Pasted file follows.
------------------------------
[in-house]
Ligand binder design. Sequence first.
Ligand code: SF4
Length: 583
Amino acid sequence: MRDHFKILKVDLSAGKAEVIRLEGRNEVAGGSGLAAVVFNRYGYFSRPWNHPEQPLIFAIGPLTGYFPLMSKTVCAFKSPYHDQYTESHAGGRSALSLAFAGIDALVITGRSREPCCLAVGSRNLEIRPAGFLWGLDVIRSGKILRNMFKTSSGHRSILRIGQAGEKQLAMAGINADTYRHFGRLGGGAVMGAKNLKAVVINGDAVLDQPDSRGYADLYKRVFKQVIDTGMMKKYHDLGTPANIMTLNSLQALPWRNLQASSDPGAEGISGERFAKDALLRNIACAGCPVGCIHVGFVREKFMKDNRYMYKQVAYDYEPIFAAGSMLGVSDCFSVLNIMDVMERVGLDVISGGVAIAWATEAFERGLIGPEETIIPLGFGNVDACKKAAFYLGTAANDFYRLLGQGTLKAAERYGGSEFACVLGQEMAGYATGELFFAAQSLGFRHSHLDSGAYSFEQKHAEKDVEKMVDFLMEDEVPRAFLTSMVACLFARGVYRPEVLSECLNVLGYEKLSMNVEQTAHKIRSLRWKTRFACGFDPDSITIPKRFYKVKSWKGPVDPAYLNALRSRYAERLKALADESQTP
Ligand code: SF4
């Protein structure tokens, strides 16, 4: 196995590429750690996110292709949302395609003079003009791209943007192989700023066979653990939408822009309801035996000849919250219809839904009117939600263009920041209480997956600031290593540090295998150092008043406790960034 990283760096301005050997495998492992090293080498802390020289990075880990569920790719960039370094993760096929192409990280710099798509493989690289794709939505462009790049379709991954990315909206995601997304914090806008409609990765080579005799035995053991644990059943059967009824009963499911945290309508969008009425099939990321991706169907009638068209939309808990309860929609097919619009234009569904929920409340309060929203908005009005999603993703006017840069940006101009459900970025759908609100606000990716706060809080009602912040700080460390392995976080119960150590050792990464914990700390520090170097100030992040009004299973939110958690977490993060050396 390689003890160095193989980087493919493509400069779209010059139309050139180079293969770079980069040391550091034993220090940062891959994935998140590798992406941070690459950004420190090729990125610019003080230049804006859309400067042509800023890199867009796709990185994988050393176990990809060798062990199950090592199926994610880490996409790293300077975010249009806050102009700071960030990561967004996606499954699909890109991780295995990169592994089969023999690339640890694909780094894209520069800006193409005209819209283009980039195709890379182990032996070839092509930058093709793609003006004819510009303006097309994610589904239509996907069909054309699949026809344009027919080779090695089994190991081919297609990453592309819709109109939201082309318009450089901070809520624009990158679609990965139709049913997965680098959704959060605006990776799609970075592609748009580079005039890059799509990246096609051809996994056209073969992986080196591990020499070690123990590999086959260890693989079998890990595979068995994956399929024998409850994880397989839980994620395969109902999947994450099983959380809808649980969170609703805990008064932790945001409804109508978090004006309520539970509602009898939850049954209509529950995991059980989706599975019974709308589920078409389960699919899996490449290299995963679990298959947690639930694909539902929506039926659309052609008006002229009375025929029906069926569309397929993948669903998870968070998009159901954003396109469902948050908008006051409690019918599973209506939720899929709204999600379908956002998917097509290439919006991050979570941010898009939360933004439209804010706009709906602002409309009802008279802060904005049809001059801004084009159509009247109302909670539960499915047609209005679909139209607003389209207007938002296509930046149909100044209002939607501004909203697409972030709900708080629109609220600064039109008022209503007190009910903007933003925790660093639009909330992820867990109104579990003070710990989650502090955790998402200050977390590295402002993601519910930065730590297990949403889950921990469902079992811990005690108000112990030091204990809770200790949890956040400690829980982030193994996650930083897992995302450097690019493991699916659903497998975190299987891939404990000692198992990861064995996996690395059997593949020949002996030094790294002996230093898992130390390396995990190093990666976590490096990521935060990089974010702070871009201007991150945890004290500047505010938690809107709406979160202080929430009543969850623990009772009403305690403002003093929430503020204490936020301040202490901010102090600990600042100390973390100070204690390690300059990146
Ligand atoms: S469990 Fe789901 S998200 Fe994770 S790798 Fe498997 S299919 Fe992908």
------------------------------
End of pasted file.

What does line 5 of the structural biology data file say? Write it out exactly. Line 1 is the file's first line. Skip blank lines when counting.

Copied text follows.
Amino acid sequence: MRDHFKILKVDLSAGKAEVIRLEGRNEVAGGSGLAAVVFNRYGYFSRPWNHPEQPLIFAIGPLTGYFPLMSKTVCAFKSPYHDQYTESHAGGRSALSLAFAGIDALVITGRSREPCCLAVGSRNLEIRPAGFLWGLDVIRSGKILRNMFKTSSGHRSILRIGQAGEKQLAMAGINADTYRHFGRLGGGAVMGAKNLKAVVINGDAVLDQPDSRGYADLYKRVFKQVIDTGMMKKYHDLGTPANIMTLNSLQALPWRNLQASSDPGAEGISGERFAKDALLRNIACAGCPVGCIHVGFVREKFMKDNRYMYKQVAYDYEPIFAAGSMLGVSDCFSVLNIMDVMERVGLDVISGGVAIAWATEAFERGLIGPEETIIPLGFGNVDACKKAAFYLGTAANDFYRLLGQGTLKAAERYGGSEFACVLGQEMAGYATGELFFAAQSLGFRHSHLDSGAYSFEQKHAEKDVEKMVDFLMEDEVPRAFLTSMVACLFARGVYRPEVLSECLNVLGYEKLSMNVEQTAHKIRSLRWKTRFACGFDPDSITIPKRFYKVKSWKGPVDPAYLNALRSRYAERLKALADESQTP